All animal protocols were approved by The Rockefeller University Institutional Animal Care and Use Committee. All animal procedures were performed according to the National Institutes of Health and institutional animal care and use guidelines. Adult female and male Swiss-Webster mice were used for the Western blot experiments. All mice were housed on 12:12-h light/dark cycle (lights on at 11.00 h), and food and water were available ad libitum.
The EGFP/connexin 36 mice (a gift from Professor Nathaniel Heintz, The Rockefeller University, New York, NY) was made by homologous recombination of a connexin 36 gene-containing BAC (RP23-222L4) comprising an EGFP insert, according to the strategy previously described . This approach does not interfere with the two functional copies of the connexin 36 gene. As the BAC comprises more than 100 kb of flanking DNA both upstream and downstream of the connexin 36, it contains all regulatory sequences needed for an accurate expression of the connexin 36 gene [23, 24].
Three adult male and three adult female Swiss-Webster mice were decapitated and the following brain regions were dissected according to the procedure previously described  and rapidly frozen: PVN, suprachiasmatic nucleus, and the reticular nucleus of the thalamus. Tissues were homogenized in a buffer containing 50 mM Tris-HCl, 10 mM MgCl2, 150 mM; NaCl, 1% Triton-X 100, 1 mM sodium orthovanadate, 1 mM phenylmethylsulphonyl fluoride and protease inhibitor cocktail (Roche, Basel, Switzerland). Proteins were separated electrophoretically in 10% polyacrylamide gels and transferred to nitrocellulose membranes (Bio-Rad Laboratories, CA) in standard Tris-glycine transfer buffer. Membranes were blocked for 1 h 30 min at room temperature in Tris Buffered Saline-Tween-20 (TBST) (20 mM Tris-HCl, pH 7.4, 150 mM NaCl with 0.05% Tween-20) containing 5% nonfat milk powder and incubated overnight at 4°C with the goat connexin 36 polyclonal antibody sc-14904 (1:400; sc-14904, lot: F192, Santa Cruz Biotechnology, Santa Cruz, CA)  in TBST containing 5% non-fat dry milk. Membranes were then washed four times in TBST during 1 hour, incubated with horseradish peroxidase-conjugated bovine anti-goat IgG (1:10,000; Santa Cruz Biotechnology, Santa Cruz, CA) in TBST for 2 h, and washed three times in TBST. Immunoreactive bands were revealed using enhanced chemiluminescence (Western Lightning; Perkin-Elmer, MA). In order to demonstrate specificity of connexin 36 immunoreactivity, primary antibody (4 μg) was pre-incubated with 10× excess of the connexin 36 immunizing peptide (40 μg) (sc-14904P; lot: E0906; Santa Cruz Biotechnology, Santa Cruz, CA) overnight, and the Western blot procedure was repeated on fresh samples. The immunizing peptide sc-14904P has a length of 15–25 amino acids and corresponds to an amino acid stretch of the C-terminus between position 269 and 319 of human connexin 36 (NCBI protein accession number 117688) .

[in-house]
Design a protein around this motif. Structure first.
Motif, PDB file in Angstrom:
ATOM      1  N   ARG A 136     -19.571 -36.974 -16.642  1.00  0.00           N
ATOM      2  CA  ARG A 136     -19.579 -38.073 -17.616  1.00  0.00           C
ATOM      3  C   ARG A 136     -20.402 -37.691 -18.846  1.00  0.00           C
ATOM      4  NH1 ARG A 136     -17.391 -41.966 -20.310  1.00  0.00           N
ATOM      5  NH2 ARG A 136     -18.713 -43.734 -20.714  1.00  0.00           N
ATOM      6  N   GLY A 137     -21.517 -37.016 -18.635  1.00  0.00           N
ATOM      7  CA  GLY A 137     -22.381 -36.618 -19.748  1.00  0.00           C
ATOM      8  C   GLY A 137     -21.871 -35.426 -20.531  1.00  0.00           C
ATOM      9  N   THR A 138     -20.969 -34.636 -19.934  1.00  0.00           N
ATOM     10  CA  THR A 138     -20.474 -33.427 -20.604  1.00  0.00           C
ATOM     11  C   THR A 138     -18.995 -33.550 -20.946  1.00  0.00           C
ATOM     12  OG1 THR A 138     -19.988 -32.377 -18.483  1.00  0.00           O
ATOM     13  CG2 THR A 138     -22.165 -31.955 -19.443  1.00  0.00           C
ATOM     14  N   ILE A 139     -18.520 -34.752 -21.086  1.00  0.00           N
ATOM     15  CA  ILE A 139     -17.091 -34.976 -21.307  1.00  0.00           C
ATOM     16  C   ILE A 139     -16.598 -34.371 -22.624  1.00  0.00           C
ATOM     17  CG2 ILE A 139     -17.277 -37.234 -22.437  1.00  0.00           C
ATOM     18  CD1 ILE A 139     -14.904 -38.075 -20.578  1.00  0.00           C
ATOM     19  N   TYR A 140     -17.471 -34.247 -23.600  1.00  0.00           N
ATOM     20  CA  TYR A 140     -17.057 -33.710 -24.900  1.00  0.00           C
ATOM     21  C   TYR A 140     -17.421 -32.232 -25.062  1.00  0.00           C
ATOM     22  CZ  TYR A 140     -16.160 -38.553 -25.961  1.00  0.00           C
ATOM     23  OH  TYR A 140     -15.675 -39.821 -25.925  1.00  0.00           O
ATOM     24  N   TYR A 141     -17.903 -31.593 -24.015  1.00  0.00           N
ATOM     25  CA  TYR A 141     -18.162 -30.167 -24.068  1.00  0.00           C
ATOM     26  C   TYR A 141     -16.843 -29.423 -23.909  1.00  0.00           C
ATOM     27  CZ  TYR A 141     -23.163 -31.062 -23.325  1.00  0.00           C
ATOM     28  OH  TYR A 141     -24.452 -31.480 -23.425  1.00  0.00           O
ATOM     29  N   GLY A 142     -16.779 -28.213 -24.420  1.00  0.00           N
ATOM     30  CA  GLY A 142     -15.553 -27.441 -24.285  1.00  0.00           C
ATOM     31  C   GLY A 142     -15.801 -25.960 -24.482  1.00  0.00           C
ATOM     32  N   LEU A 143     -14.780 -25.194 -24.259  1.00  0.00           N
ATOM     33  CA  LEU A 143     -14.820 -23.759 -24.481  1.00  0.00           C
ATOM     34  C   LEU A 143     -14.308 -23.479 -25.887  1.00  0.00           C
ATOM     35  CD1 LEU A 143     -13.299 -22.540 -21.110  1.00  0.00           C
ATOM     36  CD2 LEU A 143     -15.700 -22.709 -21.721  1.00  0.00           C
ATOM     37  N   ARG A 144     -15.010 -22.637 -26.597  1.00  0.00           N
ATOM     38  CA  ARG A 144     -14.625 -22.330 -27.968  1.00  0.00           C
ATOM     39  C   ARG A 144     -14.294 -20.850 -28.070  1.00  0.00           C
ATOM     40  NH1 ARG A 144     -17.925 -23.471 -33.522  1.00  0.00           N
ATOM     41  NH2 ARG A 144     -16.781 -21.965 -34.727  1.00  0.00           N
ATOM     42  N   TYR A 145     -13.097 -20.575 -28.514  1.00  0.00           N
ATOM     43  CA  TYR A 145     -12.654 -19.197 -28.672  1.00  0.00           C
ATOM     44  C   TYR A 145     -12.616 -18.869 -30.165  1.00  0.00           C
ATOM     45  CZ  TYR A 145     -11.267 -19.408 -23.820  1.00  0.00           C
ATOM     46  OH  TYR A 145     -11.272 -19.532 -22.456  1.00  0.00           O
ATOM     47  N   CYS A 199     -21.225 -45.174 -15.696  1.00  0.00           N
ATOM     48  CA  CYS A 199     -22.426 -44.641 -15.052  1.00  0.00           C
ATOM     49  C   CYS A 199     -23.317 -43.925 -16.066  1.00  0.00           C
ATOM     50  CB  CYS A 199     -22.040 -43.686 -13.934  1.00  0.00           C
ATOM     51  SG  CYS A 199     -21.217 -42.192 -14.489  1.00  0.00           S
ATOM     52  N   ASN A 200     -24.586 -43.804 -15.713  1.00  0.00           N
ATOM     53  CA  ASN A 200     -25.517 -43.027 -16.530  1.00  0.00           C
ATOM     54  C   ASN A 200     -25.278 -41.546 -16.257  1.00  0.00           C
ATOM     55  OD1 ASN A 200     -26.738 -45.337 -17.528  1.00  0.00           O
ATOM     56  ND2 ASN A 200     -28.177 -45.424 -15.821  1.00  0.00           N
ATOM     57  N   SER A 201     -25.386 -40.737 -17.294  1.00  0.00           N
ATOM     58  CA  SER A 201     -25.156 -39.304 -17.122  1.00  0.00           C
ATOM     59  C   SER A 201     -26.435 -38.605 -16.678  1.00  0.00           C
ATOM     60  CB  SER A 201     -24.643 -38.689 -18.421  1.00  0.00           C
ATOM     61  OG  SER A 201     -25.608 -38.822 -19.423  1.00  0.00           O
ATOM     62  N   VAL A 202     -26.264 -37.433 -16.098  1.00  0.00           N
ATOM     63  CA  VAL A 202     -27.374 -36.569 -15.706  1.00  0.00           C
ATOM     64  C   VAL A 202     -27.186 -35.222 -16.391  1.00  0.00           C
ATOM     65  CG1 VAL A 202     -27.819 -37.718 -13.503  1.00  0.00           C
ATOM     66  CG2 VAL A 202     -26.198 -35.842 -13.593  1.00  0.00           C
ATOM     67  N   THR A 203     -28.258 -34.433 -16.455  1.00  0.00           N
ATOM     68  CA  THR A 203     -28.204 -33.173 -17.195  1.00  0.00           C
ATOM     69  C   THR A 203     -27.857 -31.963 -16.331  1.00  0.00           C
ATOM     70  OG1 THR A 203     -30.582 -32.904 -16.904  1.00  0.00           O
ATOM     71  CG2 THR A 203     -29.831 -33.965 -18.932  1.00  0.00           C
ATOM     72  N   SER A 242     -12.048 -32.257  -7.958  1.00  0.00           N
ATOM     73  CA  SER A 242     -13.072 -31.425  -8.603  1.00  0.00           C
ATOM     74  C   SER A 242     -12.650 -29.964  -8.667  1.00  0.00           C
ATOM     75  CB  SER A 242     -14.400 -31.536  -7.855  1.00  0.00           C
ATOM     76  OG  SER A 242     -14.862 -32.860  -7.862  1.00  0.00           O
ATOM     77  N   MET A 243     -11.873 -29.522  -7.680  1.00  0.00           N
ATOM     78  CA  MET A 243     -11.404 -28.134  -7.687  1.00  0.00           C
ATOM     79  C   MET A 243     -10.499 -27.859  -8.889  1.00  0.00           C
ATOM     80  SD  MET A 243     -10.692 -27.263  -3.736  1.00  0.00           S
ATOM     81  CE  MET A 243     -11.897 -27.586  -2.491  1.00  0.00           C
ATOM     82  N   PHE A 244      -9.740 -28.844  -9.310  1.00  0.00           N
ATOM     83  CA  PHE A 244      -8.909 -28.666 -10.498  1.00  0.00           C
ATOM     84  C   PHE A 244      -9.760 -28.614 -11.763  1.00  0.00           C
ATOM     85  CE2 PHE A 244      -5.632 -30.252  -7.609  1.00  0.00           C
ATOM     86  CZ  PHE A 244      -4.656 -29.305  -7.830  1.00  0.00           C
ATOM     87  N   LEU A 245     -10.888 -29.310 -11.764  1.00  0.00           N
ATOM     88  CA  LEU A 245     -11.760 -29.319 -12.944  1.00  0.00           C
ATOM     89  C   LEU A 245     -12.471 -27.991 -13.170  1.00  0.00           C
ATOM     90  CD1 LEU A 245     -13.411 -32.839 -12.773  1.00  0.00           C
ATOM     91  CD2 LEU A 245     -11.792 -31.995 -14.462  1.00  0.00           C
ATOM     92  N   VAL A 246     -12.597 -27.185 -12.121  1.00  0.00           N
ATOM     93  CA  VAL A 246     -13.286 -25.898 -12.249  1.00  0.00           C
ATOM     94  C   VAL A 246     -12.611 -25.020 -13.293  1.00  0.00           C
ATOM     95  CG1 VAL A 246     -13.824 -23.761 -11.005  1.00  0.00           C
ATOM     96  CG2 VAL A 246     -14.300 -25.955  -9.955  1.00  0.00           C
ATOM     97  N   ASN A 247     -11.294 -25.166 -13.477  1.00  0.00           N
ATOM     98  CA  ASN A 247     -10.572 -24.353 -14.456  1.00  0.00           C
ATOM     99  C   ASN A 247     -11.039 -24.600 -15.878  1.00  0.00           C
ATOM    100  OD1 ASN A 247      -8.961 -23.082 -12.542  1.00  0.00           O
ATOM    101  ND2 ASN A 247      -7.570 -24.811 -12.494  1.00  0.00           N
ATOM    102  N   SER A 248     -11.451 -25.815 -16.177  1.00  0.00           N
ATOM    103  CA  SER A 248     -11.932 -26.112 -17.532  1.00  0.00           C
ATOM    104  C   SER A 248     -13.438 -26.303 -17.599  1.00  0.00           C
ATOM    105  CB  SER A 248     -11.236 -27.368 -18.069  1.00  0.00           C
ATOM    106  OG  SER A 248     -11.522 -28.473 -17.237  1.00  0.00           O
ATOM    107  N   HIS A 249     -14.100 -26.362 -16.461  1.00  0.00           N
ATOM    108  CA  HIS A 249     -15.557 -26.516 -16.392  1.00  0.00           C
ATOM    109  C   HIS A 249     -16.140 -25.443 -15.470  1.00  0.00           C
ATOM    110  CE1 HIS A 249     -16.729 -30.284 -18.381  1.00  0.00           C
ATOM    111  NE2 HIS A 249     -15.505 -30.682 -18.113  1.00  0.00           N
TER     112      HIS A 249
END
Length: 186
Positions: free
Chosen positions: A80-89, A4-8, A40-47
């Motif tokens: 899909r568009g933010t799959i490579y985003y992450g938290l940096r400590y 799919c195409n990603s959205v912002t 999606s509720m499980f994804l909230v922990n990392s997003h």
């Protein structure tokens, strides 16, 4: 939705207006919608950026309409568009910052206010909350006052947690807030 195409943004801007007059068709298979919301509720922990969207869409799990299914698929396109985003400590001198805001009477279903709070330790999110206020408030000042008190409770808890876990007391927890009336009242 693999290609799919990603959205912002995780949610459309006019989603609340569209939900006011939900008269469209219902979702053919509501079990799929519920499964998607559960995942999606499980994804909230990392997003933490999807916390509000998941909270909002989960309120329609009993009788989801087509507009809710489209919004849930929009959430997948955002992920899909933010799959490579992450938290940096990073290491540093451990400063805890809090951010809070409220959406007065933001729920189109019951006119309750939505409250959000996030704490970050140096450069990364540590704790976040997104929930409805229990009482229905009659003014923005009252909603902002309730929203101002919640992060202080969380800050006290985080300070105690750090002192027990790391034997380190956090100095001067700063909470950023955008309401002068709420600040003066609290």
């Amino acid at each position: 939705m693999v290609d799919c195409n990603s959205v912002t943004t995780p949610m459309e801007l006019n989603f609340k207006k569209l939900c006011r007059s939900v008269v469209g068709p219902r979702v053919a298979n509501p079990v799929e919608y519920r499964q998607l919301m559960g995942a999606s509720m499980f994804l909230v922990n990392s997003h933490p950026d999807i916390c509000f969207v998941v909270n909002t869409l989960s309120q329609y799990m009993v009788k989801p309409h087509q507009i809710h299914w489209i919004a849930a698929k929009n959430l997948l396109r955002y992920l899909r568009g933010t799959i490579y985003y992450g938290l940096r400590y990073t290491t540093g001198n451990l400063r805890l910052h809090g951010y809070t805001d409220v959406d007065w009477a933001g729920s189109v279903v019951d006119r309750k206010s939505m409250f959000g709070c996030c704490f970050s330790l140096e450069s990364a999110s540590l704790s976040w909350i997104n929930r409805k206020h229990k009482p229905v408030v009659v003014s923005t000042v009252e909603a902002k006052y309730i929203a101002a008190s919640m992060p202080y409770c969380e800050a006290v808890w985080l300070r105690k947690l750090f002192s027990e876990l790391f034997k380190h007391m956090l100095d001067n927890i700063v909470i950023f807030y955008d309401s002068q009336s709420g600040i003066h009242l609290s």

For immunohistochemistry, animals were anesthetized with sodium pentobarbital and perfused transcardially with 50 mL Phosphate Buffered Saline (PBS) followed by 50–100 mL of 4% paraformaldehyde. Brains were postfixed 2–24 h in the same fixative. After postfixation, brains were stored at 4°C in 30% sucrose for at least 24 h and coronally sectioned at 30 μm on a freezing microtome.
To better visualize cell bodies immunoreactive for CRH and somatostatin in the brain, four EGFP/connexin 36 mice were treated with colchicine (50 pg; right lateral ventricle; 48-hr survival) before perfusion.
In order to label neuroendocrine cells in the brain, 3 male and 3 female EGFP/connexin 36 mice were injected (i.p.) with 30 μl of 4% Fluorogold in 0.9% saline and sacrified 5 days later. As the Fluorogold does not cross the blood-brain barrier, this procedure only labels cells in the brain that project to areas that come into contact with fenestrated capillaries . The brain was perfused and processed using the same protocols as for the other EGFP/connexin 36 mice.